Saturday, November 15, 2008

Decoding Naturopathy's Essential Vitalism - Connecticut Center For Health 2008, UBCNM, AMA:

Usually, practicing NDs don't honestly / transparently describe / fully disclose naturopathy's central science-ejected belief premise of vitalism, instead they mislabel, code and miscategorize this article of faith, violating a central ethical and legal obligation in a 'patient-physician interaction,' informed consent. Here's an example:

the NDs at the Connecticut Center For Health [CTCFH] state the central principle of naturopathy [see 001., below]; the Connecticut ND-granting school, the University of Bridgeport College of Naturopathic Medicine [UBCNM], expressly communicates naturopathy's essential vitalistic premise [see 002., below]; while the concept of vitalism is profoundly science-ejected [see 003., below]; so, the so-called profession of naturopathy does not abide by one of the central ethical obligations of medicine, informed consent -- but, I imagine a truly ethical description an ND might give of what they do [see 004., below]:

001. CTCFH states in "Naturopathic Principles":

"naturopathy and naturopathic medicine are based on the following principles: [#1, the primary principle:] the healing power of nature [HPN]. Nature acts powerfully, through healing mechanisms in the body and mind, to maintain and restore health. Naturopathic physicians work to restore and support these inherent healing systems when they have broken down, by using methods, medicines and techniques that are in harmony with natural processes."

Note: HPN is not explained in terms of vitalism AT ALL -- which is what it actually contextually is to NDs. The NDs are: Germain (NCNM), Liva (NCNM), Samuelson (NCNM), Kane (Bastyr), Louden (NCNM), & Hunter (Bastyr). Why the ruse?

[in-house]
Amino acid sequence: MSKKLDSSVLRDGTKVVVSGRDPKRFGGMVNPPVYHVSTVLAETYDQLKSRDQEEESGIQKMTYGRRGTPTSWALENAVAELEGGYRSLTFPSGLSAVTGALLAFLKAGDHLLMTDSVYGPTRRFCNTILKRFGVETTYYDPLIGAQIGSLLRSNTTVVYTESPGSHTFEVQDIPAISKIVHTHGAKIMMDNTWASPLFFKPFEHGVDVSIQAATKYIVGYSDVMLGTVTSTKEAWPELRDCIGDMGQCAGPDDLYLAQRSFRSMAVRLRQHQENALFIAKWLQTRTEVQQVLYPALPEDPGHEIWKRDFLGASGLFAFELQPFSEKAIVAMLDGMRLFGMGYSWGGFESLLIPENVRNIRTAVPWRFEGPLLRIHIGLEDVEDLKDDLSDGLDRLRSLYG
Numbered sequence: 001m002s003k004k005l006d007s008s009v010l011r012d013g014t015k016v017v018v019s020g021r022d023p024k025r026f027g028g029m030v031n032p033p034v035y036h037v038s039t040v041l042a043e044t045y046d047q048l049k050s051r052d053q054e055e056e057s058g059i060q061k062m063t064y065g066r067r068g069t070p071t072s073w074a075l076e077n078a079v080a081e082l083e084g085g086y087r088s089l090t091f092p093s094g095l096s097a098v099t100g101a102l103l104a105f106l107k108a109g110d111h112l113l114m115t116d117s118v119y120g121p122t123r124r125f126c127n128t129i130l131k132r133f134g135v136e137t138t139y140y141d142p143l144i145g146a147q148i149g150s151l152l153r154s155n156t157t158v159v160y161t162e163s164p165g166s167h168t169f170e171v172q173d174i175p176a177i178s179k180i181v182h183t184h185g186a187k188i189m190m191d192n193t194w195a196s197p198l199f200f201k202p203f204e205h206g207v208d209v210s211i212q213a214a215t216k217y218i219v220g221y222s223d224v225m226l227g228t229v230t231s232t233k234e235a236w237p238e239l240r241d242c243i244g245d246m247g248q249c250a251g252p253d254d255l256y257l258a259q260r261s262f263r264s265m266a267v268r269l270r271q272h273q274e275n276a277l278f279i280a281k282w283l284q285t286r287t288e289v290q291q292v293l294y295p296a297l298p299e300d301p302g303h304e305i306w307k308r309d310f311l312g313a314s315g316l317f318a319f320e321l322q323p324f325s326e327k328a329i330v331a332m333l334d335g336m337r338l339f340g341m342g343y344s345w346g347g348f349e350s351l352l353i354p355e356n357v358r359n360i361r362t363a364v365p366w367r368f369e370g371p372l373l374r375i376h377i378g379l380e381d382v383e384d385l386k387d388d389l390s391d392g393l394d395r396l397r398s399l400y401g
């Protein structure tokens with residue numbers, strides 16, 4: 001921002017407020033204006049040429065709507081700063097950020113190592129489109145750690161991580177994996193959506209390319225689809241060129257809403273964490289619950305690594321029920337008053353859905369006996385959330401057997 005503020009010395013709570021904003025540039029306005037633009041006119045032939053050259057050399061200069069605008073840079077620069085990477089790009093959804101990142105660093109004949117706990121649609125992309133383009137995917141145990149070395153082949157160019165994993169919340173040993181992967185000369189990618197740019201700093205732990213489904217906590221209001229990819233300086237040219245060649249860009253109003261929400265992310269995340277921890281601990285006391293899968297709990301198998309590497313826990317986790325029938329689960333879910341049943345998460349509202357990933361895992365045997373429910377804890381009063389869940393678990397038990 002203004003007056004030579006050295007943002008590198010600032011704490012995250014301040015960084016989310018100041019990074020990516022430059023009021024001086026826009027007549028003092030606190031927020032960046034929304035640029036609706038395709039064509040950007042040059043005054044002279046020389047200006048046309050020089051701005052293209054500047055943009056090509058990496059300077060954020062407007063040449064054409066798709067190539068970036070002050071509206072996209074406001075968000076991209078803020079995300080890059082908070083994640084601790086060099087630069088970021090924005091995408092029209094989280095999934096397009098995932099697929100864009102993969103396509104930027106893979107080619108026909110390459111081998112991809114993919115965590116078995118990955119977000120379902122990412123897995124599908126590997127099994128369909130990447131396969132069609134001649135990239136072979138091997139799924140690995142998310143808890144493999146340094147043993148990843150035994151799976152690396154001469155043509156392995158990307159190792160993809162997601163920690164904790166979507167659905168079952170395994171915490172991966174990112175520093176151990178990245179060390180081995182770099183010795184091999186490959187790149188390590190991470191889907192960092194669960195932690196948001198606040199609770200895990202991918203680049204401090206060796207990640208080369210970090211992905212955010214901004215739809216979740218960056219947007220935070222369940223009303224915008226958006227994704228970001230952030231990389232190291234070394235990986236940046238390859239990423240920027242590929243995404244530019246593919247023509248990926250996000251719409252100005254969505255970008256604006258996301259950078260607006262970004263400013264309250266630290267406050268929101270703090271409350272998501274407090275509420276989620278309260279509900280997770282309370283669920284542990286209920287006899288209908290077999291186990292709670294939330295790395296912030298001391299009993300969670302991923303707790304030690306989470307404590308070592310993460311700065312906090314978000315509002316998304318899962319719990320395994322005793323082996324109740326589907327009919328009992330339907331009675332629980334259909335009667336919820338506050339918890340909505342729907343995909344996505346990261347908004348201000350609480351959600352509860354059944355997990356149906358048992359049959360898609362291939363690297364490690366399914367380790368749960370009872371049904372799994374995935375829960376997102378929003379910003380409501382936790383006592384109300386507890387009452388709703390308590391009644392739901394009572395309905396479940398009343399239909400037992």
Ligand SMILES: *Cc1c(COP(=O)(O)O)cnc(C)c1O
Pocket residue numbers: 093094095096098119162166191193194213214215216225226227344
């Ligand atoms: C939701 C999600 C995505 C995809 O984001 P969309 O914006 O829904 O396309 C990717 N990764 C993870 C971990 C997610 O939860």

002. naturopathy's essential vitalism:

oo2.a. UBCNM states in "Six Guiding Principles: Guiding Principle #1, the Healing Power of Nature":

"the healing power of nature, viz medicatrix naturae [...] nature heals through the response of the life force."

Note: so, essentially / contextually inherent healing systems=HPN=vitalism. The school improperly labels such as science: fascinating.

oo2.b. CTCFH states such vitalism in "What Is Acupuncture":

"the practice of acupuncture is based on the understanding that a vital energy, referred to as 'qi' [...] flows along channels or meridians throughout our bodies. When this qi becomes blocked or does not flow freely, it can cause disharmony or disease. In order to correct this disharmony, the qi must be stimulated so that it moves freely again. Acupuncture uses very fine needles to stimulate specific points located on the body, in order to influence the qi of the body."

Note: nowhere is it stated that this is vitalism and as such is IMAGINARY / science-ejected, and mislabeling the imaginary as 'energy' is quite pernicious in terms of the integrity of science.

003. I've amassed various citations regarding the nonscientific status of naturopathy's essential vitalism here.

004. regarding informed consent:

004.a. the principle of informed consent, via the AMA's "Informed Consent":

"informed consent [] a process of communication between a patient and physician that results in the patient's authorization or agreement to undergo a specific medical intervention [...] the physician providing or performing the treatment and/or procedure [...] should disclose and discuss with your patient: the patient's diagnosis, if known; the nature and purpose of a proposed treatment or procedure [...] this communications process [...] is both an ethical obligation and a legal requirement spelled out in statutes and case law in all 50 states [...] providing the patient relevant information has long been a physician's ethical obligation, but the legal concept of informed consent itself is recent."

004.b. what NDs could say, in order to abide by this MANDATORY ethical and legal principle of disclosure:

"as NDs we treat an imaginary / putative 'purposeful life spirit' figment aka qi aka 'life force' aka 'vital energy' aka 'vis medicatrix naturae' that we believe is the bioagency responsible for your life, sickness and health -- a concept that is truly profoundly science-ejected, yet, is the foundation for our worldview, one that we mislabel as 'science and not a belief system' because, honestly, accurately stating that our belief-based pseudomedicine is truly an 'unethical sectarian pseudoscience' is quite bad for business."

Note: I think it's obvious why NDs generally do not disclose the true nature of their central sectic belief premise / article of faith -- that 'old-time vitalism that's as scientific as the Tooth Fairy' -- and instead engage in miscontextualizing / camouflage / nondisclosure:

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